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 Table of Contents  
ORIGINAL ARTICLE
Year : 2016  |  Volume : 12  |  Issue : 1  |  Page : 395-400

Abberent expression of oncogenic and tumor-suppressive microRNAs and their target genes in human adenocarcinoma alveolar basal epithelial cells


1 Department of Molecular Genetics, Science and Research Branch, Islamic Azad University, Fars; Department of Molecular Medicine, Biotechnology Research Center, Pasture Institute of Iran, Tehran, Iran
2 Department of Molecular Genetics, Science and Research Branch, Islamic Azad University, Fars, Tehran, Iran
3 Department of Medical Science, Tracheal Diseases Research Center, National Research Institute of Tuberculosis and Lung Diseases, Shahid Beheshti University of Medical Sciences, Tehran, Iran
4 Department of Oncology, Queen Elizabeth Hospital, Kowloon, Hong Kong
5 Department of Molecular Medicine, Biotechnology Research Center, Pasture Institute of Iran, Tehran, Iran

Date of Web Publication13-Apr-2016

Correspondence Address:
Morteza Karimipoor
Department of Molecular Medicine, Biotechnology Research Center, Pasture Institute of Iran, 1316943551 Pasteur Institute of Iran, Tehran
Iran
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Source of Support: None, Conflict of Interest: None


DOI: 10.4103/0973-1482.148673

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 > Abstract 


Context: Lung cancer is one of the most serious types of cancer that often diagnosed at advanced stage. MicroRNAs (miRNAs) are small non-coding molecules which silence gene expression of target gene (s) at posttranscriptional level. They are key regulators of cell cycle, apoptosis, anti-cancer drug responsiveness and metastasis.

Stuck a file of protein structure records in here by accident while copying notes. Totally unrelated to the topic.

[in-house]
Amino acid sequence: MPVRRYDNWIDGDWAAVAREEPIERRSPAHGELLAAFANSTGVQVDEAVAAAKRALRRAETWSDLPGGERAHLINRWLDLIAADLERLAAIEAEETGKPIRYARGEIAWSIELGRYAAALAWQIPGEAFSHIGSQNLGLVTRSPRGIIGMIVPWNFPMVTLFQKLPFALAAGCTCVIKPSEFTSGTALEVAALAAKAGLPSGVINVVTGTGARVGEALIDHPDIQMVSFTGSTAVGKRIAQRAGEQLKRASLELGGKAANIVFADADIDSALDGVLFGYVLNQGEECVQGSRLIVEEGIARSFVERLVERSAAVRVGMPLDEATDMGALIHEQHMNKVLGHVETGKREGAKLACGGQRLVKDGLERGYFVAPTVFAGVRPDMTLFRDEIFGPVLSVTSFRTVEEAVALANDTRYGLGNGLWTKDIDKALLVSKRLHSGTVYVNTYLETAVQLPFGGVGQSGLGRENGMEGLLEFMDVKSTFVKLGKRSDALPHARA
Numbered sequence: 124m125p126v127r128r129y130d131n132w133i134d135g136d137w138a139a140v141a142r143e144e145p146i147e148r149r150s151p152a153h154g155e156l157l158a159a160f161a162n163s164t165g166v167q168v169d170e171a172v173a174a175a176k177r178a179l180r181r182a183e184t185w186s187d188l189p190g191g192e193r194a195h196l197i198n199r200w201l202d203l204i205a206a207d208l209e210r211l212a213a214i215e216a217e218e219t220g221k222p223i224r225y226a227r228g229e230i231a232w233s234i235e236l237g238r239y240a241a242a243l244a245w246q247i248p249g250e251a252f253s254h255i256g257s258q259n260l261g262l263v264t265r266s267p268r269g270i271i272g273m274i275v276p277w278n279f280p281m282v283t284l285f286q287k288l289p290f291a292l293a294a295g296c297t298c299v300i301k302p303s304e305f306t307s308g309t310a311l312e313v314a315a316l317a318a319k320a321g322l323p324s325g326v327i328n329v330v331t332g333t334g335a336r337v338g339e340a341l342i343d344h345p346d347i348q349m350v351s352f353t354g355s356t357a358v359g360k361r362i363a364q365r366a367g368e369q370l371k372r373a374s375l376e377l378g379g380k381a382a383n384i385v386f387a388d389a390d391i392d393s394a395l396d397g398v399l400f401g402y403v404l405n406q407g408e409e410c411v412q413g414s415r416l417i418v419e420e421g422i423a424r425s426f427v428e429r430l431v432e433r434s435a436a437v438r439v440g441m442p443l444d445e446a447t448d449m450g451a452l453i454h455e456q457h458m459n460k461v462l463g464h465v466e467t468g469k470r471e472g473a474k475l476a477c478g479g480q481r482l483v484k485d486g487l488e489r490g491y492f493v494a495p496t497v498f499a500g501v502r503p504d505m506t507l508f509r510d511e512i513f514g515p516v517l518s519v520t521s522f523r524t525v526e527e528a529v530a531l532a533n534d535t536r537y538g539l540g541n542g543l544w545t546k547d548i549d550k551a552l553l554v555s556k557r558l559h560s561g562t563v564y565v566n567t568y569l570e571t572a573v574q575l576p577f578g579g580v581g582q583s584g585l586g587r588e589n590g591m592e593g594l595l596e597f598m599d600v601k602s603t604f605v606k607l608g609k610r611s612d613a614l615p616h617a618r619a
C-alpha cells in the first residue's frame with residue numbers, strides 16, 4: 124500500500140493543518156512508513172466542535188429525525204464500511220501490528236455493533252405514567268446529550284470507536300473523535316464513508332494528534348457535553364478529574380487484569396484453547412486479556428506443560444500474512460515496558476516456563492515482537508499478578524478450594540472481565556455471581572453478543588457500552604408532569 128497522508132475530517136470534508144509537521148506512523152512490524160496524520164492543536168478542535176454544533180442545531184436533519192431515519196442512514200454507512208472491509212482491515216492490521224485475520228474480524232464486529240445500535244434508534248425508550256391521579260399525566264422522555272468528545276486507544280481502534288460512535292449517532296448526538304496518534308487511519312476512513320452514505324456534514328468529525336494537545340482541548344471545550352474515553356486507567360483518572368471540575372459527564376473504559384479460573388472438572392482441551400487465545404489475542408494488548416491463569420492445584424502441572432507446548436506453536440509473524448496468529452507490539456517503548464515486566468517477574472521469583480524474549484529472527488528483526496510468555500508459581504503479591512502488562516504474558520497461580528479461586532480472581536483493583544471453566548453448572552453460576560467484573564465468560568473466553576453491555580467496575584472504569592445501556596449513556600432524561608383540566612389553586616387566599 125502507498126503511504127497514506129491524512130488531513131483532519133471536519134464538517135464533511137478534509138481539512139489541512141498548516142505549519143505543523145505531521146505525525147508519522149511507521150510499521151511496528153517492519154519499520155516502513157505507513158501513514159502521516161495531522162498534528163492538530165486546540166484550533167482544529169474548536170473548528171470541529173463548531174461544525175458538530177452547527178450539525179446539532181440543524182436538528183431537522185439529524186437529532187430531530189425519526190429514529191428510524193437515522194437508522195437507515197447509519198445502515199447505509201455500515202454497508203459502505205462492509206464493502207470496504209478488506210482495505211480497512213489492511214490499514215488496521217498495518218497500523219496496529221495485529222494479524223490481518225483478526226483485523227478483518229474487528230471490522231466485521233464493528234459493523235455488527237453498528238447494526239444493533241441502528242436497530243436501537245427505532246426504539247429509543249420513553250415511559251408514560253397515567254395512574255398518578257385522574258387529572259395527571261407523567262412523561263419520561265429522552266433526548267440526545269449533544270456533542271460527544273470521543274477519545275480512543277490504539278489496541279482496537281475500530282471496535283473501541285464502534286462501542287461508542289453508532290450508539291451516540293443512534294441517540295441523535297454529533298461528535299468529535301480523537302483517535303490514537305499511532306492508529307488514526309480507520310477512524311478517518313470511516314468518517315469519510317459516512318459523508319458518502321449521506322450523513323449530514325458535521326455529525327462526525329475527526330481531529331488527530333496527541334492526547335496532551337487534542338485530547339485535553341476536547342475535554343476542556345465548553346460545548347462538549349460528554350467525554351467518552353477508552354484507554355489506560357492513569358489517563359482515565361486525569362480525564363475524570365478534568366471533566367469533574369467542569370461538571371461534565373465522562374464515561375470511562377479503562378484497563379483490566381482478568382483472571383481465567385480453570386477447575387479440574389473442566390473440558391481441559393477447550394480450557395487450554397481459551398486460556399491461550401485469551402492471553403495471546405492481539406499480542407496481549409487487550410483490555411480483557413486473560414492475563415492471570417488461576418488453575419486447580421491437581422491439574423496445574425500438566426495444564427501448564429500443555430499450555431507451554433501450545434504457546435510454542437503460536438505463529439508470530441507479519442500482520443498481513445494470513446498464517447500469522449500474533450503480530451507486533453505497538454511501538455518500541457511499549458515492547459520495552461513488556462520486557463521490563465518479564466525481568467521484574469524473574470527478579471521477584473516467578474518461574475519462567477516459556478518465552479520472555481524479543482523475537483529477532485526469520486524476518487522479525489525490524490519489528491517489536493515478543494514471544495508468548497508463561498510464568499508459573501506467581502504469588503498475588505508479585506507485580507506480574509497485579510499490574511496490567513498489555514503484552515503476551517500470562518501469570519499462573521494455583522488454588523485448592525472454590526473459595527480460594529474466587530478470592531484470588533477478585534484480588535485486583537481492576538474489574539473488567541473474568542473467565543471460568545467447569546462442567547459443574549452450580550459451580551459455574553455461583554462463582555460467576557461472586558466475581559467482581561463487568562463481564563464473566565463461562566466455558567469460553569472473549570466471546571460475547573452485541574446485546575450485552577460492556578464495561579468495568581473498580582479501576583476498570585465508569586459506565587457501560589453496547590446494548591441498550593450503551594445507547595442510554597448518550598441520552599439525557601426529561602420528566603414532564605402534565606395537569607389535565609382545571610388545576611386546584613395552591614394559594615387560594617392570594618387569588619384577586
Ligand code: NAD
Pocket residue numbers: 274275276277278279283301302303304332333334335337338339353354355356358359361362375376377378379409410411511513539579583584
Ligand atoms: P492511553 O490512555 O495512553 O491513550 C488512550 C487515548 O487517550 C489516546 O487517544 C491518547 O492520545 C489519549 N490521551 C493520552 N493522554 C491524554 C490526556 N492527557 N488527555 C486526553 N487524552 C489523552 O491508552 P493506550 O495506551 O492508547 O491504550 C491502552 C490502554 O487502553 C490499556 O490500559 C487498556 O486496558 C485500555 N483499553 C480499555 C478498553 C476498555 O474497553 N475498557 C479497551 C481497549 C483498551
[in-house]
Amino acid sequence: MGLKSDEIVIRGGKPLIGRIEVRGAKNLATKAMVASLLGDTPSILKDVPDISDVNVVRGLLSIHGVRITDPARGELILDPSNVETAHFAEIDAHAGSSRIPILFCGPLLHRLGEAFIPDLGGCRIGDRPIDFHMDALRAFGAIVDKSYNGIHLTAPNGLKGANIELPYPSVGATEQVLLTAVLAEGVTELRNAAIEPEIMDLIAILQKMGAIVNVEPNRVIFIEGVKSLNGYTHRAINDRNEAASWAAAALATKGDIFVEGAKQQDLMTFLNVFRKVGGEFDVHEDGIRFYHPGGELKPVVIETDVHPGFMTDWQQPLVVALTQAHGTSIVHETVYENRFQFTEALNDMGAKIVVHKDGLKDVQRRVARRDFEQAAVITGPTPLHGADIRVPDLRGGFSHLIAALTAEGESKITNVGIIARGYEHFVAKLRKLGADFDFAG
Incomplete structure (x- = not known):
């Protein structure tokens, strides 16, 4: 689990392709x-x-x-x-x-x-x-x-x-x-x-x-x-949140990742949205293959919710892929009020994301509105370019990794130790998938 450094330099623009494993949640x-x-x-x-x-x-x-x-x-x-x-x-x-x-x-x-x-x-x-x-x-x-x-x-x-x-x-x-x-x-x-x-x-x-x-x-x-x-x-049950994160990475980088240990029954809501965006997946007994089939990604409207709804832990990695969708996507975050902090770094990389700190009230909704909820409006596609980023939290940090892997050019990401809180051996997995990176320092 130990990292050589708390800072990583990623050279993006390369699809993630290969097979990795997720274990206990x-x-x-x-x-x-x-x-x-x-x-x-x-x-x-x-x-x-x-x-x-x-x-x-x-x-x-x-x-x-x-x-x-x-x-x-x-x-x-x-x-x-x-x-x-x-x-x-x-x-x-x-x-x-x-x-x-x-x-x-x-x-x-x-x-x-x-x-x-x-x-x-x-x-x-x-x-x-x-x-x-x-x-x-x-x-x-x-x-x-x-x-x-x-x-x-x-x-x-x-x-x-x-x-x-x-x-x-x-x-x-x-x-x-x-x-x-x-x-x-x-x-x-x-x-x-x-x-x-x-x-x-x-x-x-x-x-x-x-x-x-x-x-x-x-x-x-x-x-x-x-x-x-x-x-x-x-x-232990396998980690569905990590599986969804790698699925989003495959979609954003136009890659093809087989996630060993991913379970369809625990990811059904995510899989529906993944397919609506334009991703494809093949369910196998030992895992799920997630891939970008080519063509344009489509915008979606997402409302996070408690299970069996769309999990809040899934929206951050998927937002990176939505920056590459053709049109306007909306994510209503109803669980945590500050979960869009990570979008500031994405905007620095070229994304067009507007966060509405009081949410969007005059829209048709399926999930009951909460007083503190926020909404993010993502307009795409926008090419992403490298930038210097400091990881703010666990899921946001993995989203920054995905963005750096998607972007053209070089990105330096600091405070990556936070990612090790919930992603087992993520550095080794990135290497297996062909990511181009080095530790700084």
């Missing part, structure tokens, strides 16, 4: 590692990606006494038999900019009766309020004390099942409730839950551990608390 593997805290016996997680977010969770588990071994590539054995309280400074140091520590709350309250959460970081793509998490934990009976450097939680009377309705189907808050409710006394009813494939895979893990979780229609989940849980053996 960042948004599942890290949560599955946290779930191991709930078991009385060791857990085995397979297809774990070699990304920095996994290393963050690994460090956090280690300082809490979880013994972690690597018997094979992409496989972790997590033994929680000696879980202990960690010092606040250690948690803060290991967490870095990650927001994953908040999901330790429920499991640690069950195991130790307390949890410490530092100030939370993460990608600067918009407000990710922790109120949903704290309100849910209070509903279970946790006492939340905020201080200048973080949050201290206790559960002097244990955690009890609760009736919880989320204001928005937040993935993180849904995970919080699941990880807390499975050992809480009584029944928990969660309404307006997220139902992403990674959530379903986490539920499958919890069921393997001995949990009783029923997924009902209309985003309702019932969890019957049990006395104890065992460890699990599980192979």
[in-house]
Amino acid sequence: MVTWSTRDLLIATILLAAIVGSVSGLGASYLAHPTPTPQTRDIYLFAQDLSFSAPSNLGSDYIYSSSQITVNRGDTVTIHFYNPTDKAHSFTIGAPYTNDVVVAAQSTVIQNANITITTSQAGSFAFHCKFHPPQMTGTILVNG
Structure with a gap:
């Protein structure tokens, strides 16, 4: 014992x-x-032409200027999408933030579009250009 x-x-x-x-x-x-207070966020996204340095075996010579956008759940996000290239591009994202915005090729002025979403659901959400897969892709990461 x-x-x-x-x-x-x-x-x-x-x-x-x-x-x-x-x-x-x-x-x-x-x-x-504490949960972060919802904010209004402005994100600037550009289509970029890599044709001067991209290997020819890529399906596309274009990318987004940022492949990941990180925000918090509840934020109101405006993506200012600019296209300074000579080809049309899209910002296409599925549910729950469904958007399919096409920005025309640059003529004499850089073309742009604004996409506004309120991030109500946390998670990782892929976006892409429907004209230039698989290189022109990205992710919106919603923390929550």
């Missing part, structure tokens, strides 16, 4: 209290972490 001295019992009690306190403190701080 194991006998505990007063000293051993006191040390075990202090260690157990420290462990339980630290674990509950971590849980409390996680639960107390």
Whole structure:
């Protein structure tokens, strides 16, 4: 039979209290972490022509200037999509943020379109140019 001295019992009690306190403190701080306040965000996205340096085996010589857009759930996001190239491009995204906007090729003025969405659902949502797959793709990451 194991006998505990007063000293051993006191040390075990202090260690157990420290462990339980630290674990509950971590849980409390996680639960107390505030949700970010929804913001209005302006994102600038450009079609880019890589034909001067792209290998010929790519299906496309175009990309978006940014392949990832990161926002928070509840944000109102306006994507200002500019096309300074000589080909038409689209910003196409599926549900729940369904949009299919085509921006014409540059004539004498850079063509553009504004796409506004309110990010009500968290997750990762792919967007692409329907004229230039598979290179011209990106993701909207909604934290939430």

Aims: Identification of the differential expression level of miR-15a/16, miR-21, miR-34a, miR-126, miR-128 and miR-210 in A549 cell line versus normal tissues and their correlation with selected corresponding target genes.
Materials and Methods: A549 cell line was cultured in F-12K medium and miRNA was extracted from normal tissues (2-3 cm adjacent to tumor tissue) and A549 cell line. cDNA was synthesized with specific stem-loop primers for each miRNA, while OligodT primer was used for target genes cDNA synthesis. Real-time quantitative polymerase chain reaction. (RT-qPCR) was used to analyze the expression pattern of miRNAs and target genes in A549 and normal non-small cell lung carcinoma. (NSCLC) tissues.
Results: miR-15a/16, miR-34a, miR-126 and miR-128 were down-regulated significantly. (>2-fold change), while miR-21 and miR.210 were up-regulated in A549. Bcl-2 as miR-34a target gene was down-regulated while Hif-1α and Akt-3 were up-regulated that might be miR-210 and miR-34a target genes, respectively.